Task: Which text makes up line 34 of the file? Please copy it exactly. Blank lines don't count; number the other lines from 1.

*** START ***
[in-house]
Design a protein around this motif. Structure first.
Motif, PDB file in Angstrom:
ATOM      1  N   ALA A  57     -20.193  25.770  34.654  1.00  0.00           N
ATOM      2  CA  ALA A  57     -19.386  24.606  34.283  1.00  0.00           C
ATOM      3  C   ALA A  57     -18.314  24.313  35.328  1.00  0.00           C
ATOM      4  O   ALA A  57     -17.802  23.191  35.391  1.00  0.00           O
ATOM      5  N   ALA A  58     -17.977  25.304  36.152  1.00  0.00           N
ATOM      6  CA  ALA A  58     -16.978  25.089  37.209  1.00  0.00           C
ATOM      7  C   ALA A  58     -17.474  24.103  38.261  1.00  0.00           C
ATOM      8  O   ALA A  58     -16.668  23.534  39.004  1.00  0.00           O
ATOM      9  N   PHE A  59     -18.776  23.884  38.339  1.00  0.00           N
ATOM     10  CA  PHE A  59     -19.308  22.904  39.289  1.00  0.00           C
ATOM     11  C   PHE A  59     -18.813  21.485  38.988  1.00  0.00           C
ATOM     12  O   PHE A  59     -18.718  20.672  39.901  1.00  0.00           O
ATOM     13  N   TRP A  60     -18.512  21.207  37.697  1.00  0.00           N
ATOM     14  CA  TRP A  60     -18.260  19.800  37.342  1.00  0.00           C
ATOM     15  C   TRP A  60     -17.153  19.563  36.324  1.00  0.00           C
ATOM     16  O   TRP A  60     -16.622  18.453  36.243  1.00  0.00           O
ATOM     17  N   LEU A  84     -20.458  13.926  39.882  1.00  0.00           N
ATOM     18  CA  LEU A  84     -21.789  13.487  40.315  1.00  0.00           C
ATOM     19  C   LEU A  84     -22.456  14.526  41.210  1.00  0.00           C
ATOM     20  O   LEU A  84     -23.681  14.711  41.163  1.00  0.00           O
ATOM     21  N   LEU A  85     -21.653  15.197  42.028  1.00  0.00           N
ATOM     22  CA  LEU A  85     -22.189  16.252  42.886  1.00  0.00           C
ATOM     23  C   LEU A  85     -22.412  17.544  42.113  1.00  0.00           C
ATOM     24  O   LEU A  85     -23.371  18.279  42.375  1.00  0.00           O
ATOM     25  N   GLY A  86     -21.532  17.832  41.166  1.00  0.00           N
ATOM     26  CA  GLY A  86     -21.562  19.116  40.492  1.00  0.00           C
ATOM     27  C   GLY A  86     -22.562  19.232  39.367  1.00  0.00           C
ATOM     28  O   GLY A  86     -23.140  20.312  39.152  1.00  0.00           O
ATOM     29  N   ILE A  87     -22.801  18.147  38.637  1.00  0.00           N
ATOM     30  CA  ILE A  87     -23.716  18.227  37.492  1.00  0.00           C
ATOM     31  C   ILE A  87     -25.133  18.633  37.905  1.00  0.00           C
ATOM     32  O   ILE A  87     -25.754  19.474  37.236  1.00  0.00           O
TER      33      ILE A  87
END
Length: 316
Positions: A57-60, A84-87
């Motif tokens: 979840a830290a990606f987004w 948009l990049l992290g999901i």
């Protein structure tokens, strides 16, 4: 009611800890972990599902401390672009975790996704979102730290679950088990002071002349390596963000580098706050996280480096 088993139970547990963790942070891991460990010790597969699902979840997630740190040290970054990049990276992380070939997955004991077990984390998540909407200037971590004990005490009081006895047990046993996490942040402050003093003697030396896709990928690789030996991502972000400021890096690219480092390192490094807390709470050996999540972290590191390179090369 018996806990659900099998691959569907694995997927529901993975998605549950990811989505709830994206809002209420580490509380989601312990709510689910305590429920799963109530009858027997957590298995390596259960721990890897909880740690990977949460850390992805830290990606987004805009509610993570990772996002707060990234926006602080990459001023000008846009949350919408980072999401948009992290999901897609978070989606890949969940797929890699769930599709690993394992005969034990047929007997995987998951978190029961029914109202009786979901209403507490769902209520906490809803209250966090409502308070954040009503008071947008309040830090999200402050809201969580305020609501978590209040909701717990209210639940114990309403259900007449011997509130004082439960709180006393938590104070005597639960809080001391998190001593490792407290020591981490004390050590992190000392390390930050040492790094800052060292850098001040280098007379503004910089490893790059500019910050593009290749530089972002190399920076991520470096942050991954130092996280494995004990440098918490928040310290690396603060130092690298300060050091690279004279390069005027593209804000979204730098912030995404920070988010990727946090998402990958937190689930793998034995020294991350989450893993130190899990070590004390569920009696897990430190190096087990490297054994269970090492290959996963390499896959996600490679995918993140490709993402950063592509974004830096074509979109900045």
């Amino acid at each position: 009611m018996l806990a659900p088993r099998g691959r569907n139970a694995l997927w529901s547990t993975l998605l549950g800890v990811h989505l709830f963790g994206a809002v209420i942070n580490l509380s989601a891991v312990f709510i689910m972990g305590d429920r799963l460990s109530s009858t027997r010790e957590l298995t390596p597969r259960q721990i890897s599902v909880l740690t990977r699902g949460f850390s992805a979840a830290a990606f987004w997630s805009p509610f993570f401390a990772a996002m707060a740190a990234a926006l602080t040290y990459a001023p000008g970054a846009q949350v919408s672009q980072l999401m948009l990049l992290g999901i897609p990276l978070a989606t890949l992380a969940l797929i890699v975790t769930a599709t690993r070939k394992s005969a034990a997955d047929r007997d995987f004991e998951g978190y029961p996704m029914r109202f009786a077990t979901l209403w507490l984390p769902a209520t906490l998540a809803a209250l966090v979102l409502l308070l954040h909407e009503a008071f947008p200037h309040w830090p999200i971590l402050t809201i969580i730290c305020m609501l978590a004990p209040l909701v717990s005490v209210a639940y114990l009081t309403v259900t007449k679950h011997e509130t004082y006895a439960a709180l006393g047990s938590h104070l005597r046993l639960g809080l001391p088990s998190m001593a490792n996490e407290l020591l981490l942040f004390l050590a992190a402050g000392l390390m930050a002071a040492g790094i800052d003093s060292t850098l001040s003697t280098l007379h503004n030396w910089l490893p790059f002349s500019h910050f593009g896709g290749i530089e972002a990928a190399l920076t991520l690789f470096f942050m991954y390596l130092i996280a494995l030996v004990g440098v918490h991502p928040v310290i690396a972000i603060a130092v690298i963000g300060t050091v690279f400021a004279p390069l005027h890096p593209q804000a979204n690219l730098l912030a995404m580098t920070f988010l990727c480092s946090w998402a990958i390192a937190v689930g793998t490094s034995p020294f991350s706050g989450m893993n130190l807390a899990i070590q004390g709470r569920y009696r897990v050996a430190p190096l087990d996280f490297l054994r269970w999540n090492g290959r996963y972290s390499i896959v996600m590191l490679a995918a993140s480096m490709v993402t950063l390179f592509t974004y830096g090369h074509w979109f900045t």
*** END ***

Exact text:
ATOM     31  C   ILE A  87     -25.133  18.633  37.905  1.00  0.00           C